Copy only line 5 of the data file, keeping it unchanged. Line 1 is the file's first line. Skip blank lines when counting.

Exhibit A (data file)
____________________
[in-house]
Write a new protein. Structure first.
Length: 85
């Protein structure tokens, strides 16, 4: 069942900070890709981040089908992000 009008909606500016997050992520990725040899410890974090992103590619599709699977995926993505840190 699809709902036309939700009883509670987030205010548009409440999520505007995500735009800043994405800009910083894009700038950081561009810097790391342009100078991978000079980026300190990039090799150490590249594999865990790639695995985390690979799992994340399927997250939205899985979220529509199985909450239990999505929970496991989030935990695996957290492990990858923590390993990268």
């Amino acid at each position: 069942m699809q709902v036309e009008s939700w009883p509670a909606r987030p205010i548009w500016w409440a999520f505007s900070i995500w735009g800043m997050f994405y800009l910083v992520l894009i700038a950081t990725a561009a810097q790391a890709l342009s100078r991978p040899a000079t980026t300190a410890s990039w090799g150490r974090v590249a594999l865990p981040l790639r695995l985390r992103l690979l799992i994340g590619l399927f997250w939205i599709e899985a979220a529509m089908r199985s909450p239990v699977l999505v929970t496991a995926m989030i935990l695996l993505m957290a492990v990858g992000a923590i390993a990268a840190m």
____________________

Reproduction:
């Amino acid at each position: 069942m699809q709902v036309e009008s939700w009883p509670a909606r987030p205010i548009w500016w409440a999520f505007s900070i995500w735009g800043m997050f994405y800009l910083v992520l894009i700038a950081t990725a561009a810097q790391a890709l342009s100078r991978p040899a000079t980026t300190a410890s990039w090799g150490r974090v590249a594999l865990p981040l790639r695995l985390r992103l690979l799992i994340g590619l399927f997250w939205i599709e899985a979220a529509m089908r199985s909450p239990v699977l999505v929970t496991a995926m989030i935990l695996l993505m957290a492990v990858g992000a923590i390993a990268a840190m």